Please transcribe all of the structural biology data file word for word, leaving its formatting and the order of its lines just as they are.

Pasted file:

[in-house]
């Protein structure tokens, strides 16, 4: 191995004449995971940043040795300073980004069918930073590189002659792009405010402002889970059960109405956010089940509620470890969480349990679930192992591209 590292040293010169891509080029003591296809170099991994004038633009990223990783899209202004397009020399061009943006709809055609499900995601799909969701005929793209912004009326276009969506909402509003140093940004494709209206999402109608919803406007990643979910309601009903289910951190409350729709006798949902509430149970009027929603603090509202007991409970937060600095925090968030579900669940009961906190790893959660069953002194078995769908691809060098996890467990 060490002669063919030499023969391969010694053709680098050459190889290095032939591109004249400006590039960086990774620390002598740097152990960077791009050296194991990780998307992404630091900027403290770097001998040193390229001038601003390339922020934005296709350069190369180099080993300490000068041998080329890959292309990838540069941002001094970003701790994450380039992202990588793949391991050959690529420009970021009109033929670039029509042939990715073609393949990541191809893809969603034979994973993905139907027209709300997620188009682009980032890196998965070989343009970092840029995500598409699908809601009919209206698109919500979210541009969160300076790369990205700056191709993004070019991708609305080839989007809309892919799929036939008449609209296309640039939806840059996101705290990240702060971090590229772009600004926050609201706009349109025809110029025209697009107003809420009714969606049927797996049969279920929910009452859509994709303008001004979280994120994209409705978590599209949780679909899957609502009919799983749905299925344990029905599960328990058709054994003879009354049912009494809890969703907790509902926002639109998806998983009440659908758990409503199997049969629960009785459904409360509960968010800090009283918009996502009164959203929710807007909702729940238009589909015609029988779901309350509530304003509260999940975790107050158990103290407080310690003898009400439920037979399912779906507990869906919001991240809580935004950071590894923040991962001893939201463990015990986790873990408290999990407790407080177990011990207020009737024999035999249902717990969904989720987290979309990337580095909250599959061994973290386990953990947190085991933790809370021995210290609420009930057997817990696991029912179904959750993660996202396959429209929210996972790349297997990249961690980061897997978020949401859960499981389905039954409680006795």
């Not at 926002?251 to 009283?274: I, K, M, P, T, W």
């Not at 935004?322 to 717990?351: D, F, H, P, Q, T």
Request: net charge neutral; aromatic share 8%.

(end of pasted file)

[in-house]
């Protein structure tokens, strides 16, 4: 191995004449995971940043040795300073980004069918930073590189002659792009405010402002889970059960109405956010089940509620470890969480349990679930192992591209 590292040293010169891509080029003591296809170099991994004038633009990223990783899209202004397009020399061009943006709809055609499900995601799909969701005929793209912004009326276009969506909402509003140093940004494709209206999402109608919803406007990643979910309601009903289910951190409350729709006798949902509430149970009027929603603090509202007991409970937060600095925090968030579900669940009961906190790893959660069953002194078995769908691809060098996890467990 060490002669063919030499023969391969010694053709680098050459190889290095032939591109004249400006590039960086990774620390002598740097152990960077791009050296194991990780998307992404630091900027403290770097001998040193390229001038601003390339922020934005296709350069190369180099080993300490000068041998080329890959292309990838540069941002001094970003701790994450380039992202990588793949391991050959690529420009970021009109033929670039029509042939990715073609393949990541191809893809969603034979994973993905139907027209709300997620188009682009980032890196998965070989343009970092840029995500598409699908809601009919209206698109919500979210541009969160300076790369990205700056191709993004070019991708609305080839989007809309892919799929036939008449609209296309640039939806840059996101705290990240702060971090590229772009600004926050609201706009349109025809110029025209697009107003809420009714969606049927797996049969279920929910009452859509994709303008001004979280994120994209409705978590599209949780679909899957609502009919799983749905299925344990029905599960328990058709054994003879009354049912009494809890969703907790509902926002639109998806998983009440659908758990409503199997049969629960009785459904409360509960968010800090009283918009996502009164959203929710807007909702729940238009589909015609029988779901309350509530304003509260999940975790107050158990103290407080310690003898009400439920037979399912779906507990869906919001991240809580935004950071590894923040991962001893939201463990015990986790873990408290999990407790407080177990011990207020009737024999035999249902717990969904989720987290979309990337580095909250599959061994973290386990953990947190085991933790809370021995210290609420009930057997817990696991029912179904959750993660996202396959429209929210996972790349297997990249961690980061897997978020949401859960499981389905039954409680006795």
């Not at 926002?251 to 009283?274: I, K, M, P, T, W």
């Not at 935004?322 to 717990?351: D, F, H, P, Q, T």
Request: net charge neutral; aromatic share 8%.